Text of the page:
They're designed to separate you from your money. How to come out ahead.
Looking for a good deal? How's 50% off sound? Once a bargain-basement super deal, getting half off is now about what shoppers can -- and should -- expect from a sale, experts say.
And in preparation for the holiday rush, stores have figured out how to give it to them and still turn a profit.
Many Americans think they'll be working past age 65 -- and some are OK with that.
This post comes from MSN Money's Liz Pulliam Weston.
France threw a collective hissy fit at the idea of moving that nation's minimum retirement age from 60 to 62.
Here in the U.S., we shook our heads in wonder. A recent survey by Sun Life Financial found 52% of respondents believe they'll have to work at least three years longer than originally planned because of economic conditions and lack of savings, with just as many expecting to retire at 70 as at 65.
Many of my readers despair of ever being able to retire, and those who think they will often pick age 70 as the point they'll quit work.
"I'm 57 and I'd love to retire now, but there's no way financially!" a reader named Pam Buford from Kearney, Mo., confided on my Facebook fan page. "I'll probably have to work until I drop!"
The right debt-relief agency can really make a difference. The wrong one will destroy your peace of mind and your credit.
You've probably seen the commercials on TV and heard them on the radio: "Debt-free in 24 to 36 months! One low monthly payment!"
These kinds of promises are often a lie. Not all debt-relief agencies are scams, but many aren't going to help you. In fact, they can seriously hurt you by wasting your time, your money, and potentially trashing your credit history.
Luckily, a new federal rule, which took effect this week, makes life more difficult for companies doing a reprehensible thing -- ripping off consumers seeking help with overwhelming debt. It's the very definition of kicking people when they're down.
A fast-growing salmon is on track to be the first genetically modified animal sold for human consumption.
A fast-growing genetically engineered salmon is a good bet for approval by the Food and Drug Administration. It would be the first genetically modified animal sold as food.
Dubbed "Frankenfish" by opponents, the new version of Atlantic salmon was developed by AquaBounty Technologies. It grows almost twice as fast as farm-raised salmon, thanks to one growth hormone gene from a chinook salmon and another from an eel called the ocean pout. The application has been pending before the agency for well over 10 years.
The average 30-year fixed rate is expected to jump above 5% next year, according to the Mortgage Bankers Association.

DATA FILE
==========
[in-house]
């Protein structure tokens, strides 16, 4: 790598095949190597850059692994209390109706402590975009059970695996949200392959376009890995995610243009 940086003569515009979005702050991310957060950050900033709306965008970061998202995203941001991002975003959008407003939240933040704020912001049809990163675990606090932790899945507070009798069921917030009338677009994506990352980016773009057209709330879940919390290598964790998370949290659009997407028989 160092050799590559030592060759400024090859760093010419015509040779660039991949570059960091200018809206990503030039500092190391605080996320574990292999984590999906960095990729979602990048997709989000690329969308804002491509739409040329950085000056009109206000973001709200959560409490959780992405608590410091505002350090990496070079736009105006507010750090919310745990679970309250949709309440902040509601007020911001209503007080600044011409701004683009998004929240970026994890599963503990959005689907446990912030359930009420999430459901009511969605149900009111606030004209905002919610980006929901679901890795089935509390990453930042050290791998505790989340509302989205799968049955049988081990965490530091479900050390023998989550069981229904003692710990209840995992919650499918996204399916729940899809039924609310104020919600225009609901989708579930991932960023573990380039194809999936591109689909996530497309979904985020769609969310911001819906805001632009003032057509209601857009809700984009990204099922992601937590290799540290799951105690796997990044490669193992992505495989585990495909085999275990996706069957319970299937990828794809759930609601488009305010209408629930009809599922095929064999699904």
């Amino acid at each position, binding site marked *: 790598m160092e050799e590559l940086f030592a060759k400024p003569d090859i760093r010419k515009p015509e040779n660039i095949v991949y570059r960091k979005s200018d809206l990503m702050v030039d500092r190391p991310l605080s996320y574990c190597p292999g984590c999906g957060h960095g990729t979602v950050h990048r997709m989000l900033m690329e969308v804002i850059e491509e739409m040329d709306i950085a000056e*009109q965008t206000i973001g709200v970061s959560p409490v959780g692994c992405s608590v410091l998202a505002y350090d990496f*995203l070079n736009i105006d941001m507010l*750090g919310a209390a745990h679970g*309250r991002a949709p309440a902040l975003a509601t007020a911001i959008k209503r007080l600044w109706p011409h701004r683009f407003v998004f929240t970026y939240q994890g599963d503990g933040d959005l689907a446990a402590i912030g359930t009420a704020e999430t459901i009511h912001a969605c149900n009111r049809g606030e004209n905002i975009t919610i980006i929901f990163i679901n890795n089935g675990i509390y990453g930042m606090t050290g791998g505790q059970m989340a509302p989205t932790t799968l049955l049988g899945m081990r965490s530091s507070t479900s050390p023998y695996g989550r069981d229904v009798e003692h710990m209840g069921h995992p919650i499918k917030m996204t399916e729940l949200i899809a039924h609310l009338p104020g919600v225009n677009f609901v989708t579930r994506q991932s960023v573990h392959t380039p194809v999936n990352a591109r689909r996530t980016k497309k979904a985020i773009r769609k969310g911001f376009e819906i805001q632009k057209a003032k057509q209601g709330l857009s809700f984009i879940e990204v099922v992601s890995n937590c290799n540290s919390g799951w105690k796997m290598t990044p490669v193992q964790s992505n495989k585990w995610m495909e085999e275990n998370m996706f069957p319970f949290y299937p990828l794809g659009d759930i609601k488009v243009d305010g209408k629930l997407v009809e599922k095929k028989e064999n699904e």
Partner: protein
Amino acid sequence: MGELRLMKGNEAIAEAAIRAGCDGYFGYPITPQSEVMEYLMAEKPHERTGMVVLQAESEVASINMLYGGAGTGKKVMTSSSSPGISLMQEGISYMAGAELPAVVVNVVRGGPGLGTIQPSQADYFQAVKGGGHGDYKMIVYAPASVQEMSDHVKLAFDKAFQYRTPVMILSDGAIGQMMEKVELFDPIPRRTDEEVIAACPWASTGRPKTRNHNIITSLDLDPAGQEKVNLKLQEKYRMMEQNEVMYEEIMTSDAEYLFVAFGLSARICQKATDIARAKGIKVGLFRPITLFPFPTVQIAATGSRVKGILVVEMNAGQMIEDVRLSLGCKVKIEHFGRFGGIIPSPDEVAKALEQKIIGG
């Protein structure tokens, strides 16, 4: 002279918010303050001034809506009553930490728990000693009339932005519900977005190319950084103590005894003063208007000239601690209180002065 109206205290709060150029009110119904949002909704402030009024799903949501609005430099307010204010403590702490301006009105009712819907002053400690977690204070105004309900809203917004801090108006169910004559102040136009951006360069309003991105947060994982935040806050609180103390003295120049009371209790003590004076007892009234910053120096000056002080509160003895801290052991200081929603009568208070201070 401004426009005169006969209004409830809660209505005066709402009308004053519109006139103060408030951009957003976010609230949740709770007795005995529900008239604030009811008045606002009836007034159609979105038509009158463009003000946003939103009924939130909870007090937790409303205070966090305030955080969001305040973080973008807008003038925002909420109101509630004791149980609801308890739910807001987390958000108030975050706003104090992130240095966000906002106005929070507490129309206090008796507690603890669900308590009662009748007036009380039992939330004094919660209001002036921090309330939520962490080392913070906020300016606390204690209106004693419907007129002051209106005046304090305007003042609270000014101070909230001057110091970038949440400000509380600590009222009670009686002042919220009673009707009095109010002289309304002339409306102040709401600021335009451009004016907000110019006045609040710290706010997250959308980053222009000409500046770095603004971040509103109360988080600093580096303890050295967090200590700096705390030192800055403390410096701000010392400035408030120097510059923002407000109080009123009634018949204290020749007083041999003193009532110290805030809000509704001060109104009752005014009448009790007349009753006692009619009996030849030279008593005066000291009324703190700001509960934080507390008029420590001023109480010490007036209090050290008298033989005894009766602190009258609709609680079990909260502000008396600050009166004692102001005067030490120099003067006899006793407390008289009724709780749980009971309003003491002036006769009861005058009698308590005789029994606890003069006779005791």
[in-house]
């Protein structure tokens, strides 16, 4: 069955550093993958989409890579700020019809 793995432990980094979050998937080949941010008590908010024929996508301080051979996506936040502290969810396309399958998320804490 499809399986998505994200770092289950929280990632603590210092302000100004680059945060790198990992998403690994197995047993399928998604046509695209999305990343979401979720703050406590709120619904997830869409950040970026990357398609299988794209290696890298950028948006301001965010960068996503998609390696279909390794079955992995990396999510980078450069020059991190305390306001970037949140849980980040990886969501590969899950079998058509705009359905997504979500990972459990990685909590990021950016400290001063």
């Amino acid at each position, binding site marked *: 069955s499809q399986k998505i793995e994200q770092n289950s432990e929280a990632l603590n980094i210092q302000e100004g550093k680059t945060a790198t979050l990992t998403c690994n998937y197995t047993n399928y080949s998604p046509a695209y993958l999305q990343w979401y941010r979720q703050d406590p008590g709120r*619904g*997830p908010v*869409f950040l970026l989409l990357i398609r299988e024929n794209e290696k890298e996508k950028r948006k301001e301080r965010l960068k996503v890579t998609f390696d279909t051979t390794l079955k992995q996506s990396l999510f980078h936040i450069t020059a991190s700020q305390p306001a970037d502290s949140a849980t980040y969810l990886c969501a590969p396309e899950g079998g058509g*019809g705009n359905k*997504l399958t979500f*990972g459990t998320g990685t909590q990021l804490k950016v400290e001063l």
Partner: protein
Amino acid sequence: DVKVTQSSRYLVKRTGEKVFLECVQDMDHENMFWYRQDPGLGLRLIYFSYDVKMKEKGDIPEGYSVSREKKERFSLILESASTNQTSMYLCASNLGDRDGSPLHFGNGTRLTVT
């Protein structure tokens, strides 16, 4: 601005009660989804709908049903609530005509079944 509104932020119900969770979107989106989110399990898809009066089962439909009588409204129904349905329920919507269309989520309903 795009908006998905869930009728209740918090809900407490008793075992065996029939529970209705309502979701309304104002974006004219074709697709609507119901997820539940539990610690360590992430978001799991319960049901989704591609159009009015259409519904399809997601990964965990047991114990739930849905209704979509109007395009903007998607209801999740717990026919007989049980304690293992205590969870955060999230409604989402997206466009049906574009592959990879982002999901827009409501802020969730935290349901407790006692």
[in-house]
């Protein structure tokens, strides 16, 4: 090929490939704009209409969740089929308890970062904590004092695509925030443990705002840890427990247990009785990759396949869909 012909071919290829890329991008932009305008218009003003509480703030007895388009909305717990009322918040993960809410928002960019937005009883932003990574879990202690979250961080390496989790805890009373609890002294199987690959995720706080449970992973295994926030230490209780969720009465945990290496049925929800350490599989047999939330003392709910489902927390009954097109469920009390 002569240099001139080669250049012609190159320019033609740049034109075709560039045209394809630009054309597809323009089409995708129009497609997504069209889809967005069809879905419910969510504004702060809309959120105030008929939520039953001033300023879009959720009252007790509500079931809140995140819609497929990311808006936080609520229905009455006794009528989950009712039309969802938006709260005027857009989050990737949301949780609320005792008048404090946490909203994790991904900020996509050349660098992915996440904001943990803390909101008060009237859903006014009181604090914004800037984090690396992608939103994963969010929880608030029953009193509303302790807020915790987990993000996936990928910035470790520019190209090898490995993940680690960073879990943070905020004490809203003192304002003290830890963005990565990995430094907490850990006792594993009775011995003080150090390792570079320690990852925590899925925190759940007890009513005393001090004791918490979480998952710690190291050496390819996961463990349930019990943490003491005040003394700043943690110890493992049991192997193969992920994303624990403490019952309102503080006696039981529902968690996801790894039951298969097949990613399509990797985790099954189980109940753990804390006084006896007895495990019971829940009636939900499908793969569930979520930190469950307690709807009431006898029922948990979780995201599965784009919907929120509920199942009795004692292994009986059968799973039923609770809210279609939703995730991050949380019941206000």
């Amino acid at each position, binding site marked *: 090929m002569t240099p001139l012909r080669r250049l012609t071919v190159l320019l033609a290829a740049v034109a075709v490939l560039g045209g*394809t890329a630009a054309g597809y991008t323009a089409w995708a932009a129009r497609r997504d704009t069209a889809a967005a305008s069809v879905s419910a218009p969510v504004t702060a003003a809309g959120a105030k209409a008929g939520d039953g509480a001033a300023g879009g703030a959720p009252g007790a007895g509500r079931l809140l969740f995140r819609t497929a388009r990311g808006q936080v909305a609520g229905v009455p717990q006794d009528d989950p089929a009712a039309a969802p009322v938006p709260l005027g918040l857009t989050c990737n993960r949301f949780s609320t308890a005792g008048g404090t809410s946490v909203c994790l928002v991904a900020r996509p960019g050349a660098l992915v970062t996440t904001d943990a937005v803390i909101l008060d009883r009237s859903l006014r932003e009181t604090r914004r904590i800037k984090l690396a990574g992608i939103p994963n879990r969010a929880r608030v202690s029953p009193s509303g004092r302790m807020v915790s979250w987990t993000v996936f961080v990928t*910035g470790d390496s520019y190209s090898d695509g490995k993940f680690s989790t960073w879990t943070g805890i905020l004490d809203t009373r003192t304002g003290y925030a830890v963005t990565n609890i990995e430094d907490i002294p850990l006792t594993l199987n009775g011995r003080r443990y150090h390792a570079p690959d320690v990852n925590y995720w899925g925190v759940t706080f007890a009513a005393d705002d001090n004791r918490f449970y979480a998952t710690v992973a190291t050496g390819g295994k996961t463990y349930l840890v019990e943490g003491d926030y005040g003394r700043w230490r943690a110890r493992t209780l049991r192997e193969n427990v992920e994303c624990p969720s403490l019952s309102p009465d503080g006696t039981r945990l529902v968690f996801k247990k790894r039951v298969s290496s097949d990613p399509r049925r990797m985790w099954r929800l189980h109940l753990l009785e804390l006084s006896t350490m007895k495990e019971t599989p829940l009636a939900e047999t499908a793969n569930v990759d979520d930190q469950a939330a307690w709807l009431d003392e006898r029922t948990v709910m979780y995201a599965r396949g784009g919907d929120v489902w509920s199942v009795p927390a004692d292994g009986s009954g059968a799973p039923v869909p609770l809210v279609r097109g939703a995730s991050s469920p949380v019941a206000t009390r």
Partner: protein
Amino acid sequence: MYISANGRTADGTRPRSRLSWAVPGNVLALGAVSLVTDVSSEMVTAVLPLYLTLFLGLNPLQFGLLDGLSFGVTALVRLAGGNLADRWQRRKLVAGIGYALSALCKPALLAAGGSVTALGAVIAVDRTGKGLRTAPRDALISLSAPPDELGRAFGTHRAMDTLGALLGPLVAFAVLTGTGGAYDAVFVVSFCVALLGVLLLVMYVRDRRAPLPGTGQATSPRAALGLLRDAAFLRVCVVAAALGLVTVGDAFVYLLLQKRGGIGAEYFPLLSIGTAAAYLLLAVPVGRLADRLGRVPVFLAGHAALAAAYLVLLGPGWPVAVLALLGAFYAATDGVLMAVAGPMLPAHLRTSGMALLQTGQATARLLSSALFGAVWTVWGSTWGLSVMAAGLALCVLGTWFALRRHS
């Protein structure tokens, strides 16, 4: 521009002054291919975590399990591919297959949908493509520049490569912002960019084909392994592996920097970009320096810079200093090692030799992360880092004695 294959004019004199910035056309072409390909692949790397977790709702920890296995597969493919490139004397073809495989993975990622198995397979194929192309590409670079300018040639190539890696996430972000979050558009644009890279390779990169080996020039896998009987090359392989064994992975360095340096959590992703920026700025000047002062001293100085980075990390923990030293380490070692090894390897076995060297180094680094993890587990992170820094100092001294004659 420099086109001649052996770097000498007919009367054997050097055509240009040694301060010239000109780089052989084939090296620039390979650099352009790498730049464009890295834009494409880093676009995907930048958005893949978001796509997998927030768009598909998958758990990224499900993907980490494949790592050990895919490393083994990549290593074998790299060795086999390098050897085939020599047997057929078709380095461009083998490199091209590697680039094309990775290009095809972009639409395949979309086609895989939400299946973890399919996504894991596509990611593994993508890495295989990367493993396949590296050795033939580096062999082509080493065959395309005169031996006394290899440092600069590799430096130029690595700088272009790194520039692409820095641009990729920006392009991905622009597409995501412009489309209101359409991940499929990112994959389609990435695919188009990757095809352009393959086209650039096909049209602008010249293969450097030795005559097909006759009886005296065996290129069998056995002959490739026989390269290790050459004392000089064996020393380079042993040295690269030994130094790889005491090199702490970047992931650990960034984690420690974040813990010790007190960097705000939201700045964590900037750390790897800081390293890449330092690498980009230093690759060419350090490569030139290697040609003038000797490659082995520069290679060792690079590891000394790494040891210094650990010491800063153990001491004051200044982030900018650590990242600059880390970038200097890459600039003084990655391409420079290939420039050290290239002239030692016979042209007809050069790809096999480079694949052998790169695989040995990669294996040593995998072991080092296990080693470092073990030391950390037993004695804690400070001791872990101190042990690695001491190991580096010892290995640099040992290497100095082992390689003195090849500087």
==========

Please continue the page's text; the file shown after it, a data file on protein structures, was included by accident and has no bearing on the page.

This post comes from Amy Hoak at partner site MarketWatch.
Mortgage rates may be as low as they'll get -- rates are on course to rise, slowly moving toward 5% by the end of next year, according to the Mortgage Bankers Association's economic forecast, released Tuesday at the group’s annual convention in Atlanta.
The group predicts rates on the 30-year fixed-rate mortgage will average 4.4% in the fourth quarter of 2010, increasing to a 4.7% average in the first quarter of 2011, and climbing to 5.1% by the end of next year. That’s barring any "blockbuster" announcement from the Federal Reserve next month, said Jay Brinkmann, chief economist of the MBA.
The Fed has said it could take more policy actions to stimulate growth, and Brinkmann said that's likely to come in the form of an additional purchase of Treasury securities. But the market has already anticipated that, and the move has already been priced into current rates, he added.
Will scapula meat be an acceptable alternative to actual wing parts? Wing lovers are eager to find out.
Mmm, chicken wings fried and dipped in hot sauce. The tasty morsels are so popular that chicken producers have difficulty keeping up with demand. After all, chickens have only two wings each, with two edible parts per wing.
So-called boneless wings -- small bits of breast meat fried and served with sauce à la wings -- are acceptable substitutes for some folks, but true wing aficionados say they're no replacement for the real thing.
We sifted through lots of suggestions on the Web to find you our favorites.
Halloween is just days away, and you have not the faintest clue about your costume.
Not to worry, even if you don't have much cash. Lots of blogs have inexpensive suggestions, like "85 easy, frugal Halloween costume ideas" from our partner Wise Bread. If adult and edgy appeals to you, there's Coupon Sherpa's "30 trendy Halloween costume ideas for 2010."
But that's just the start. There's a lot to sift through on the interwebs. Some are throwbacks. (If you showed up in jammies and silk robe, with pipe in hand, how many people would guess "Hugh Hefner"? ) Some are silly. ("Wrap yourself in wrapping paper with a tag: 'From: God, To: Women.' What are you? God's gift to women." We think not.)
Inexpensive doesn't have to mean boring, especially when bubbles and balloons are involved.
My daughter recently turned 5. In case you don't know, birthday parties are a big deal to a 5-year-old.
Our family lives in a Third World country, so we knew we'd have to get creative when it came time to plan our frugal birthday games. In the end, we came up with some great games that the kids absolutely loved.
My wife and I loved the fact that we spent less than $10 on the games.
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